A spectrum of smells

Recent evidence suggests our sense of smell may work in quite a different manner than once thought…

Written by: Sam Cousins

Art by: Chalisa Iamsrithong

Olfaction – or sense of smell – has proved a puzzling sense to explain. Dependence on olfaction varies widely between species; Charles Darwin wrote that sense of smell was of ‘extremely slight service’ to the modern human, and yet, the genes for smell receptors alone comprise 1% of the entire human genome. Surely they must be of some importance?

Whilst the traditional view has been that humans have a poor sense of smell, recent research suggests that humans may have a sense of smell that rivals that of dogs and mice – organisms that were originally thought to be far superior in the olfactory department. Humans are even thought to be able to identify close blood-relatives by smell alone, as a mechanism of invest avoidance. Perhaps most intriguing is the concept of ‘smound’, a portmanteau that refers to the synesthetic (interaction between senses) phenomenon where a sound may  affect how a smell is perceived. But how exactly is a smell detected in the first place?

Perhaps the most widely accepted explanation for olfaction involves the shapes of molecules. In essence, an odorant (smell) molecule will bind to odorant receptors in the brain that have binding sites physically complementing the shape of the odorant. This binding then causes a cascade of signalling mechanisms that result in the brain identifying a smell. There are approximately 100,000 different smells the human nose can recognise, but we possess only 400 or so odorant receptor types; therefore, a ‘combinatorial code’ is in place. There is not one type of receptor for one type of odorant molecule; instead, one molecule can be recognised by multiple unique receptors, and a receptor can also recognise multiple unique molecules, vastly increasing the number of  possible combinations. Many things in molecular biology function based on shape, like enzymes, which lends credence to this theory. However, it can’t explain why some molecules may have very similar shapes yet produce different smells, or vice versa.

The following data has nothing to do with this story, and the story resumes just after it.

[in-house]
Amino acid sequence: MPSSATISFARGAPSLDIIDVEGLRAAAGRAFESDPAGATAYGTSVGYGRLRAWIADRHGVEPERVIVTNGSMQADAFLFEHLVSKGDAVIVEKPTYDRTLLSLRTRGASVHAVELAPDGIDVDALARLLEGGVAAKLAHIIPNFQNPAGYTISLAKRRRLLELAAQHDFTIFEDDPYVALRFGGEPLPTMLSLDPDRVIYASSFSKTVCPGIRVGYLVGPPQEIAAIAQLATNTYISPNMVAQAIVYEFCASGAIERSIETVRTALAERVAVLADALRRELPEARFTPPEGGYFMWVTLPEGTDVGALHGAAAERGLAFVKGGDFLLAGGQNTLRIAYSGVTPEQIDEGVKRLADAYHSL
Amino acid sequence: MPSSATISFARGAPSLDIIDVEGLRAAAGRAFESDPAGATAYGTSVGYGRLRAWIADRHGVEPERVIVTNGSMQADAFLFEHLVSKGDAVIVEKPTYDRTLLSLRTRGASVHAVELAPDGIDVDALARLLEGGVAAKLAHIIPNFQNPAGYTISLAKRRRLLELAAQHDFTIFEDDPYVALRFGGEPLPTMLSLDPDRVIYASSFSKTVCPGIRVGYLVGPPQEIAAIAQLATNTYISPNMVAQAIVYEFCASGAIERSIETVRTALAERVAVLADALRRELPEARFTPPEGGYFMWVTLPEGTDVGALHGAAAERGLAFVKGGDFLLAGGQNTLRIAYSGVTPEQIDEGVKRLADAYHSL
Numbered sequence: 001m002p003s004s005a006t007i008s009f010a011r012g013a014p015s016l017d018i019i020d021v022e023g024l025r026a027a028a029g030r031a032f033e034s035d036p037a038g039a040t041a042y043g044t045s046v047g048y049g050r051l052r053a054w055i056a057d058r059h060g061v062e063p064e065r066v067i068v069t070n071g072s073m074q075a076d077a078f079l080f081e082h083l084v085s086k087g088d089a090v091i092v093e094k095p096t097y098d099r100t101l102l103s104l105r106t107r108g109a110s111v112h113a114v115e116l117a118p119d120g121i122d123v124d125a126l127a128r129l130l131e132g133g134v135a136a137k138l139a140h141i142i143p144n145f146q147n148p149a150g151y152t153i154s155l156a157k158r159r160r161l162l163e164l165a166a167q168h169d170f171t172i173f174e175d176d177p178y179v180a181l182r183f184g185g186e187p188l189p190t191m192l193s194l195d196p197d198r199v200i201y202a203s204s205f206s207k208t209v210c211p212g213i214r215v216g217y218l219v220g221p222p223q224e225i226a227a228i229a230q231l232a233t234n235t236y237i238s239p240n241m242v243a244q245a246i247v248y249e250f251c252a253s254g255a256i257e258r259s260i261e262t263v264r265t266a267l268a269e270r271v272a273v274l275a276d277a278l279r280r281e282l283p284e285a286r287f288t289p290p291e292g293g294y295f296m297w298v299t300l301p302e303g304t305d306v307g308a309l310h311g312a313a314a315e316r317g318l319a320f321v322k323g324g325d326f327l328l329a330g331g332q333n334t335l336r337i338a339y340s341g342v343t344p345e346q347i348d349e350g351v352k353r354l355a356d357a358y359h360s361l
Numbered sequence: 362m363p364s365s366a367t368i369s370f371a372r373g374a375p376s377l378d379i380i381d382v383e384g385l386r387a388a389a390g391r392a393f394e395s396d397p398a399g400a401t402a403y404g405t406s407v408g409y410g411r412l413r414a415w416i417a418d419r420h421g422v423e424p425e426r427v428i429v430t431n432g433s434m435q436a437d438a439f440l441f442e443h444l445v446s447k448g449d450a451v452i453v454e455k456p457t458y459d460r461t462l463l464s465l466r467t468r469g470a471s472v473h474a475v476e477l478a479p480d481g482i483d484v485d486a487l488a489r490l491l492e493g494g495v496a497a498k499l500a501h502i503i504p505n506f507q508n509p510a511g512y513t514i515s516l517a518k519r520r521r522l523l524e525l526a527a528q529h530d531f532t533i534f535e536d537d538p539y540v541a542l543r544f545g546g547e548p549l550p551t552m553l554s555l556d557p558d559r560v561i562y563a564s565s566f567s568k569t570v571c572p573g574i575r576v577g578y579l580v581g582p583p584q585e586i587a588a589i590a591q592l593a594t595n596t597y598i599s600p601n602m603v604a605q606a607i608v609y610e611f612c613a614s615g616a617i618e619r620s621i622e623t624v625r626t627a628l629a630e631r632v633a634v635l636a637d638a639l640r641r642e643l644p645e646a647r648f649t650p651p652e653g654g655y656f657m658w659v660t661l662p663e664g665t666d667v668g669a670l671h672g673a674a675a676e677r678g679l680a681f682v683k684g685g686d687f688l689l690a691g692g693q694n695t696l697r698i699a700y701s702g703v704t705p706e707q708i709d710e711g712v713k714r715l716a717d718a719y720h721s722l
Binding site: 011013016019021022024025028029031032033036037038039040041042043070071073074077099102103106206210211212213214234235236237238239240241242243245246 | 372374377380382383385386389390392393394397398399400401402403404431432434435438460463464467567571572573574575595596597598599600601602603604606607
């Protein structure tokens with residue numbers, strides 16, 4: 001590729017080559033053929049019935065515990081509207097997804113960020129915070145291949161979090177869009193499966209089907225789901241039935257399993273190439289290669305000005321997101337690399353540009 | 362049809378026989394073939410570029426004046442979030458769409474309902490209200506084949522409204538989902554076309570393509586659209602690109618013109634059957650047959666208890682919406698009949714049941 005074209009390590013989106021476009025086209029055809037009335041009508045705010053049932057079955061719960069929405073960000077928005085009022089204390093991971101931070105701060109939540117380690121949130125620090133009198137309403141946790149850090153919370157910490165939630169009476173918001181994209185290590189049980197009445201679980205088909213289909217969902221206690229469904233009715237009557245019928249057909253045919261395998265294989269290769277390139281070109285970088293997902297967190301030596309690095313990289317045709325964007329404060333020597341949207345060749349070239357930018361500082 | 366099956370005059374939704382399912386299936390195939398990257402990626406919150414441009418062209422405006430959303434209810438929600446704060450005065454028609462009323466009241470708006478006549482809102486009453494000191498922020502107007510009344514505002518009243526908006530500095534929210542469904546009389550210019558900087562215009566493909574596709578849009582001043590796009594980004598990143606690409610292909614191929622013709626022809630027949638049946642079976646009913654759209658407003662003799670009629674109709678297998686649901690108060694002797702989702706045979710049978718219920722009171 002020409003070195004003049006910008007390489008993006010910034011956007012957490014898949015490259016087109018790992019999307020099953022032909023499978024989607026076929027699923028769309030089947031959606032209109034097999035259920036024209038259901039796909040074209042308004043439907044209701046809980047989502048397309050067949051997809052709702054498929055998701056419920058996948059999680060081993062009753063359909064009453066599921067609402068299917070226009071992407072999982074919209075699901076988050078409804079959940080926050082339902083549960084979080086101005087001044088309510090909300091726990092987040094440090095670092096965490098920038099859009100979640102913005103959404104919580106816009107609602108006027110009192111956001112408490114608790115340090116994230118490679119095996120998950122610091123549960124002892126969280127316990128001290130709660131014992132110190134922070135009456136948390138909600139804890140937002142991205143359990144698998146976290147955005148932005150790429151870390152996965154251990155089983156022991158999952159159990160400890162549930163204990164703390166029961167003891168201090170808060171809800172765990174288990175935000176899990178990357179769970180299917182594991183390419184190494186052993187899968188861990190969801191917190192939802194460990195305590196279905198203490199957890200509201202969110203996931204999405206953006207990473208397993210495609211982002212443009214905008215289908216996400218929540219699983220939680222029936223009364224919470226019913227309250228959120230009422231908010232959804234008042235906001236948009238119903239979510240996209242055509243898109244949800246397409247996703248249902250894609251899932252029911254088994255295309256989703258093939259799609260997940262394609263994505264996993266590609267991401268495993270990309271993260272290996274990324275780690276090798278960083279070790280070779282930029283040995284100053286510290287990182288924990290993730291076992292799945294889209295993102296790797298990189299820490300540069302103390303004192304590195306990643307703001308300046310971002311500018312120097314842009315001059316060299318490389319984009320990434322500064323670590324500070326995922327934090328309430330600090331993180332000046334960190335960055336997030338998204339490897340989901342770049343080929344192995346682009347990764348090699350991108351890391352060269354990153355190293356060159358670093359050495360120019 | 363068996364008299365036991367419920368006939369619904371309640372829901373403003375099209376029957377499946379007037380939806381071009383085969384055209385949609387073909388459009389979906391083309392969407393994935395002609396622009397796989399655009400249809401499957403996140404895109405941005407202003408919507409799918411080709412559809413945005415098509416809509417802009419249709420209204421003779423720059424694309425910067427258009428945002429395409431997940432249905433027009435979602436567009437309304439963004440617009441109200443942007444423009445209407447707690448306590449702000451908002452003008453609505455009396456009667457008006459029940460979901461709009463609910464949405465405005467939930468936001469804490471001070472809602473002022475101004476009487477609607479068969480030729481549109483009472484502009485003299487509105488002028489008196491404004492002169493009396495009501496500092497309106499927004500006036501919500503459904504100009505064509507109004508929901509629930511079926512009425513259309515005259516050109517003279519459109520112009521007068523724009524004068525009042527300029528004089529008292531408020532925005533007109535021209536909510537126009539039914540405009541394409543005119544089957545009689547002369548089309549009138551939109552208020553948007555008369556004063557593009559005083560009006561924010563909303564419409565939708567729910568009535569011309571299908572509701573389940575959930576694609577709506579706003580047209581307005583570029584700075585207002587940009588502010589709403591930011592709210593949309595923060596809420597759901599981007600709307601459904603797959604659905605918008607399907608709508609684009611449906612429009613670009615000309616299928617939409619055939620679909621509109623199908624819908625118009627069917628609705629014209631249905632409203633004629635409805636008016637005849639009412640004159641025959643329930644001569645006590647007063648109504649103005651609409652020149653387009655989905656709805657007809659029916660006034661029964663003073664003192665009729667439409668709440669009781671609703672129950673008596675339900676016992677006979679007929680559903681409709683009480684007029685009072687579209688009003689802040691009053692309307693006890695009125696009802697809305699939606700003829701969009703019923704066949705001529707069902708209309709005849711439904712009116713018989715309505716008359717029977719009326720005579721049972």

In 1938, British chemist Malcolm Dyson suggested a different explanation for olfaction – that receptors responded to the vibrations between the atoms of a molecule rather than their shapes. This would explain why isomers of a molecule (with almost identical structures), can produce different smells, such as vanillin and isovanillin, as they would vibrate differently. 

Dyson’s suggestion had no plausible mechanism until Luca Turin, working at UCL in 1996, suggested a quantum phenomenon known as ‘inelastic electron tunnelling’ was the answer. In this process, a particle can ‘tunnel’ through an energetic barrier that it would not normally be able to overcome, due to some fundamental principles of the quantum world. Once it tunnels through this barrier, some form of reaction can take place.